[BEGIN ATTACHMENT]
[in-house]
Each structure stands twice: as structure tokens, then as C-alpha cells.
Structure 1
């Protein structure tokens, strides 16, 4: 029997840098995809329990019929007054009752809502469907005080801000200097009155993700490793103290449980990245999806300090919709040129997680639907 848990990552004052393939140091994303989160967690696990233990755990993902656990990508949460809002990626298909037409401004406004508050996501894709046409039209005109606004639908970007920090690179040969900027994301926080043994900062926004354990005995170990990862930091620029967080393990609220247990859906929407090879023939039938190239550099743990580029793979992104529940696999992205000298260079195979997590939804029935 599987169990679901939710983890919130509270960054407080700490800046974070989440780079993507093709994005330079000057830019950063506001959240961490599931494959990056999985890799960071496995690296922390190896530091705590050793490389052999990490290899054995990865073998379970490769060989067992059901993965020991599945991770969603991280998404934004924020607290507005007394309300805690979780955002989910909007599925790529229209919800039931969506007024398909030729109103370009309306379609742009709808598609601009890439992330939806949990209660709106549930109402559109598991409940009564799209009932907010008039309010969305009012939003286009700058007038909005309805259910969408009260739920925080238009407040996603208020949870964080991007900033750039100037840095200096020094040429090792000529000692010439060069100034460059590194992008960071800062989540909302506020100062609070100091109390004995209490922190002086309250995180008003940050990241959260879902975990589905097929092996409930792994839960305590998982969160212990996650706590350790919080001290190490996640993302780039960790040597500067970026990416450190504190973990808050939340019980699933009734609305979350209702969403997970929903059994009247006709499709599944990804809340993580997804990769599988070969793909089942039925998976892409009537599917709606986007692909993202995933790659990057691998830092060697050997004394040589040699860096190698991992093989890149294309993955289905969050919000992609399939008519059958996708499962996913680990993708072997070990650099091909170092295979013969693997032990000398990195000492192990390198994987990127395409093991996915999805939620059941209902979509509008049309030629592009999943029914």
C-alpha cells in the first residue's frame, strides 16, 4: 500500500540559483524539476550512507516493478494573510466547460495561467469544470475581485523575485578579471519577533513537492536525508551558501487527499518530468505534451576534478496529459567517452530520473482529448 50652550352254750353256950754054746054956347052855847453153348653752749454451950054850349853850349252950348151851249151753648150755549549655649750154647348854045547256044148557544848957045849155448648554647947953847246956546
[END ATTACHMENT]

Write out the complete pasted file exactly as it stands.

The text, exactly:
[in-house]
Each structure stands twice: as structure tokens, then as C-alpha cells.
Structure 1
């Protein structure tokens, strides 16, 4: 029997840098995809329990019929007054009752809502469907005080801000200097009155993700490793103290449980990245999806300090919709040129997680639907 848990990552004052393939140091994303989160967690696990233990755990993902656990990508949460809002990626298909037409401004406004508050996501894709046409039209005109606004639908970007920090690179040969900027994301926080043994900062926004354990005995170990990862930091620029967080393990609220247990859906929407090879023939039938190239550099743990580029793979992104529940696999992205000298260079195979997590939804029935 599987169990679901939710983890919130509270960054407080700490800046974070989440780079993507093709994005330079000057830019950063506001959240961490599931494959990056999985890799960071496995690296922390190896530091705590050793490389052999990490290899054995990865073998379970490769060989067992059901993965020991599945991770969603991280998404934004924020607290507005007394309300805690979780955002989910909007599925790529229209919800039931969506007024398909030729109103370009309306379609742009709808598609601009890439992330939806949990209660709106549930109402559109598991409940009564799209009932907010008039309010969305009012939003286009700058007038909005309805259910969408009260739920925080238009407040996603208020949870964080991007900033750039100037840095200096020094040429090792000529000692010439060069100034460059590194992008960071800062989540909302506020100062609070100091109390004995209490922190002086309250995180008003940050990241959260879902975990589905097929092996409930792994839960305590998982969160212990996650706590350790919080001290190490996640993302780039960790040597500067970026990416450190504190973990808050939340019980699933009734609305979350209702969403997970929903059994009247006709499709599944990804809340993580997804990769599988070969793909089942039925998976892409009537599917709606986007692909993202995933790659990057691998830092060697050997004394040589040699860096190698991992093989890149294309993955289905969050919000992609399939008519059958996708499962996913680990993708072997070990650099091909170092295979013969693997032990000398990195000492192990390198994987990127395409093991996915999805939620059941209902979509509008049309030629592009999943029914």
C-alpha cells in the first residue's frame, strides 16, 4: 500500500540559483524539476550512507516493478494573510466547460495561467469544470475581485523575485578579471519577533513537492536525508551558501487527499518530468505534451576534478496529459567517452530520473482529448 50652550352254750353256950754054746054956347052855847453153348653752749454451950054850349853850349252950348151851249151753648150755549549655649750154647348854045547256044148557544848957045849155448648554647947953847246956546